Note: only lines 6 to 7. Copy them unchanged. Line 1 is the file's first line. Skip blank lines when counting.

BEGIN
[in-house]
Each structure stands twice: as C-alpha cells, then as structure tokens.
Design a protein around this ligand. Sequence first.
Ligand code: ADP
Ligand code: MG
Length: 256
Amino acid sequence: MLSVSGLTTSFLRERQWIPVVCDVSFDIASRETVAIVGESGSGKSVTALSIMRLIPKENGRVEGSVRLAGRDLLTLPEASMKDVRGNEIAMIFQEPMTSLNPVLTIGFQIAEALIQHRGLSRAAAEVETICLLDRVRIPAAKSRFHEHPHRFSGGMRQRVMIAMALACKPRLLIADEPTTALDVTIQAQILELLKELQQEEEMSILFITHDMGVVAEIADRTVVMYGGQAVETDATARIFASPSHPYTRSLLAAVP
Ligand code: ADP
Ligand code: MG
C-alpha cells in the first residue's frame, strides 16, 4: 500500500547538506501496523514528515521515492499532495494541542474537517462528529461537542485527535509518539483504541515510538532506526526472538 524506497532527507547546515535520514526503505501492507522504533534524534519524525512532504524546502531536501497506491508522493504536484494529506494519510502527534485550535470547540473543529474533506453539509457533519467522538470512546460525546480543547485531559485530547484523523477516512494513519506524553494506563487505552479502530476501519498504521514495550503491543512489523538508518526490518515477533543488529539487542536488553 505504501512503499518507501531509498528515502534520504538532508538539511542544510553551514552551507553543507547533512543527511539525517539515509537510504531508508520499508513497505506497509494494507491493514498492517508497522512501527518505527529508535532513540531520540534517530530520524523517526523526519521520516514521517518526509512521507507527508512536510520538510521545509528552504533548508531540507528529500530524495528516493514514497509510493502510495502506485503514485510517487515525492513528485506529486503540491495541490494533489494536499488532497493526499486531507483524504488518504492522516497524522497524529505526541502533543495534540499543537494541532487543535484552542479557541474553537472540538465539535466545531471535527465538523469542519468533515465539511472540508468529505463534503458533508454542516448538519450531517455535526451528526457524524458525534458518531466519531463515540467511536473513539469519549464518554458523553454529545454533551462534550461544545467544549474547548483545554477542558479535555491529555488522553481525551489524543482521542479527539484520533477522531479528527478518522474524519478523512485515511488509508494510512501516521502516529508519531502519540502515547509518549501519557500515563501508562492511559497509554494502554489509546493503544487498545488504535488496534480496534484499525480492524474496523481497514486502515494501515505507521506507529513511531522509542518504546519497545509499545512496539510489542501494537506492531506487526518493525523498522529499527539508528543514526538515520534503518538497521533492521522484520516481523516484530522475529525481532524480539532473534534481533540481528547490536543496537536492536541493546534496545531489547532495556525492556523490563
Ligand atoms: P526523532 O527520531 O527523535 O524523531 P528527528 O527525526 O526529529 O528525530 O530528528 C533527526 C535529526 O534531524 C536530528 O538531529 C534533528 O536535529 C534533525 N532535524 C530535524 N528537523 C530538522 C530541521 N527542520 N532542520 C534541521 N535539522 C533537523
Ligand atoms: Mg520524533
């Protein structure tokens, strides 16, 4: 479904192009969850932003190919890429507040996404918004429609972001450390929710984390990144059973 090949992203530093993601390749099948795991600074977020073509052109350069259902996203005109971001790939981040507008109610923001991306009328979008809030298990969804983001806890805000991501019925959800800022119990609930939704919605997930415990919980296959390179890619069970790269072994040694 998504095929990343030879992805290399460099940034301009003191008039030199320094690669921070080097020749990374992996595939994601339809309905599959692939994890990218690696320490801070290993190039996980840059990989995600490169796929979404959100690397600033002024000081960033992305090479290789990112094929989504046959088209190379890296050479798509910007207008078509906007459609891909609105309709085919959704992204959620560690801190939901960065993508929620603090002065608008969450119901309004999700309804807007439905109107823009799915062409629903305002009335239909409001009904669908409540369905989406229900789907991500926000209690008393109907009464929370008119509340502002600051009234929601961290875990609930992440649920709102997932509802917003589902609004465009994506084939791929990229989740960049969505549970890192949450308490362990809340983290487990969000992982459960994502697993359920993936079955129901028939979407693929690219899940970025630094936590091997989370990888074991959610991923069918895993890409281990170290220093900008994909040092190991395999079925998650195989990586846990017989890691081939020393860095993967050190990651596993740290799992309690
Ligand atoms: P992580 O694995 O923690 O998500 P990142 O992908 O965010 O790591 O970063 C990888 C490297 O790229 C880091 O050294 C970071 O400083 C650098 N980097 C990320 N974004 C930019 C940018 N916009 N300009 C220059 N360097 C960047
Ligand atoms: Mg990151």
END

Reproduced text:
Length: 256
Amino acid sequence: MLSVSGLTTSFLRERQWIPVVCDVSFDIASRETVAIVGESGSGKSVTALSIMRLIPKENGRVEGSVRLAGRDLLTLPEASMKDVRGNEIAMIFQEPMTSLNPVLTIGFQIAEALIQHRGLSRAAAEVETICLLDRVRIPAAKSRFHEHPHRFSGGMRQRVMIAMALACKPRLLIADEPTTALDVTIQAQILELLKELQQEEEMSILFITHDMGVVAEIADRTVVMYGGQAVETDATARIFASPSHPYTRSLLAAVP